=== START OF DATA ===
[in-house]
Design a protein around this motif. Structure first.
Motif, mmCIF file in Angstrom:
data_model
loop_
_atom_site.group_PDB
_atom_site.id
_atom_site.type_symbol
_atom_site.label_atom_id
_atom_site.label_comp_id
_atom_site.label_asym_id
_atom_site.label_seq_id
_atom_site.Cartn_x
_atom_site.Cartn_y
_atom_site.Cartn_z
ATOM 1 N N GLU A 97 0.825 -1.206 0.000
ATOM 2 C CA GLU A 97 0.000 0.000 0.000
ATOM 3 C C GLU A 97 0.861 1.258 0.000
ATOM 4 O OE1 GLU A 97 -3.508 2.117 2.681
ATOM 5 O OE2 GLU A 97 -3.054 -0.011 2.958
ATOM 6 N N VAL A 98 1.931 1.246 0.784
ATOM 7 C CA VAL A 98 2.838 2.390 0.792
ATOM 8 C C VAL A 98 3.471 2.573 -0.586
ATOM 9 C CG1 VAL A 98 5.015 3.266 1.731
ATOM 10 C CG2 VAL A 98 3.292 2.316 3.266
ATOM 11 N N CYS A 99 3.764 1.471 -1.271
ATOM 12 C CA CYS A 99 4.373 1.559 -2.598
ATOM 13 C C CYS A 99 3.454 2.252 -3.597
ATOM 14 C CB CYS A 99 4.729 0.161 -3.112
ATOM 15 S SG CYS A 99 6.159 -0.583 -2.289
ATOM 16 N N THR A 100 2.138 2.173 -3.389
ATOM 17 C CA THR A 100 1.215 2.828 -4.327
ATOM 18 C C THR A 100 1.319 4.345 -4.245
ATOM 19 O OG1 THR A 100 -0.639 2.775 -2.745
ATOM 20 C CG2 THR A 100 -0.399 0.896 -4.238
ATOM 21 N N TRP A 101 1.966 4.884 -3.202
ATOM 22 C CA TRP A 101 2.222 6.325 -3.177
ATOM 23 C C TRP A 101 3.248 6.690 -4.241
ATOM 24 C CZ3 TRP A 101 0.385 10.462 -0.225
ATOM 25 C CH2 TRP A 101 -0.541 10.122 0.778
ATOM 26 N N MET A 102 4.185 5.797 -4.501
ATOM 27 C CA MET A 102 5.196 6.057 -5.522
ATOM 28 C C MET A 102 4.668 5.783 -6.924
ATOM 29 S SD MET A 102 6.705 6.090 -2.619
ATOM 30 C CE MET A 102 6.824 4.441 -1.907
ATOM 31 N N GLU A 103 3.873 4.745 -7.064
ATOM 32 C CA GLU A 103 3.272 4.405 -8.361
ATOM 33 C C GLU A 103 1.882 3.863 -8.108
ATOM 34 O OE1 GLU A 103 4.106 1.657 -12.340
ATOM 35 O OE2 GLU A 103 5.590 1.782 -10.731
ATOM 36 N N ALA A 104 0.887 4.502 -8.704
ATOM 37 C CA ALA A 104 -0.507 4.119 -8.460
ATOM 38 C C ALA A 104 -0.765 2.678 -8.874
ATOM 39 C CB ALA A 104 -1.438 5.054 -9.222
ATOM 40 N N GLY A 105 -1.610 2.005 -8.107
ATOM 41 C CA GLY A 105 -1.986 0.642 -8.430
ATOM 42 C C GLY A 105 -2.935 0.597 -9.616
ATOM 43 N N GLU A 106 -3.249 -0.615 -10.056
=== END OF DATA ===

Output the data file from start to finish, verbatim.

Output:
[in-house]
Design a protein around this motif. Structure first.
Motif, mmCIF file in Angstrom:
data_model
loop_
_atom_site.group_PDB
_atom_site.id
_atom_site.type_symbol
_atom_site.label_atom_id
_atom_site.label_comp_id
_atom_site.label_asym_id
_atom_site.label_seq_id
_atom_site.Cartn_x
_atom_site.Cartn_y
_atom_site.Cartn_z
ATOM 1 N N GLU A 97 0.825 -1.206 0.000
ATOM 2 C CA GLU A 97 0.000 0.000 0.000
ATOM 3 C C GLU A 97 0.861 1.258 0.000
ATOM 4 O OE1 GLU A 97 -3.508 2.117 2.681
ATOM 5 O OE2 GLU A 97 -3.054 -0.011 2.958
ATOM 6 N N VAL A 98 1.931 1.246 0.784
ATOM 7 C CA VAL A 98 2.838 2.390 0.792
ATOM 8 C C VAL A 98 3.471 2.573 -0.586
ATOM 9 C CG1 VAL A 98 5.015 3.266 1.731
ATOM 10 C CG2 VAL A 98 3.292 2.316 3.266
ATOM 11 N N CYS A 99 3.764 1.471 -1.271
ATOM 12 C CA CYS A 99 4.373 1.559 -2.598
ATOM 13 C C CYS A 99 3.454 2.252 -3.597
ATOM 14 C CB CYS A 99 4.729 0.161 -3.112
ATOM 15 S SG CYS A 99 6.159 -0.583 -2.289
ATOM 16 N N THR A 100 2.138 2.173 -3.389
ATOM 17 C CA THR A 100 1.215 2.828 -4.327
ATOM 18 C C THR A 100 1.319 4.345 -4.245
ATOM 19 O OG1 THR A 100 -0.639 2.775 -2.745
ATOM 20 C CG2 THR A 100 -0.399 0.896 -4.238
ATOM 21 N N TRP A 101 1.966 4.884 -3.202
ATOM 22 C CA TRP A 101 2.222 6.325 -3.177
ATOM 23 C C TRP A 101 3.248 6.690 -4.241
ATOM 24 C CZ3 TRP A 101 0.385 10.462 -0.225
ATOM 25 C CH2 TRP A 101 -0.541 10.122 0.778
ATOM 26 N N MET A 102 4.185 5.797 -4.501
ATOM 27 C CA MET A 102 5.196 6.057 -5.522
ATOM 28 C C MET A 102 4.668 5.783 -6.924
ATOM 29 S SD MET A 102 6.705 6.090 -2.619
ATOM 30 C CE MET A 102 6.824 4.441 -1.907
ATOM 31 N N GLU A 103 3.873 4.745 -7.064
ATOM 32 C CA GLU A 103 3.272 4.405 -8.361
ATOM 33 C C GLU A 103 1.882 3.863 -8.108
ATOM 34 O OE1 GLU A 103 4.106 1.657 -12.340
ATOM 35 O OE2 GLU A 103 5.590 1.782 -10.731
ATOM 36 N N ALA A 104 0.887 4.502 -8.704
ATOM 37 C CA ALA A 104 -0.507 4.119 -8.460
ATOM 38 C C ALA A 104 -0.765 2.678 -8.874
ATOM 39 C CB ALA A 104 -1.438 5.054 -9.222
ATOM 40 N N GLY A 105 -1.610 2.005 -8.107
ATOM 41 C CA GLY A 105 -1.986 0.642 -8.430
ATOM 42 C C GLY A 105 -2.935 0.597 -9.616
ATOM 43 N N GLU A 106 -3.249 -0.615 -10.056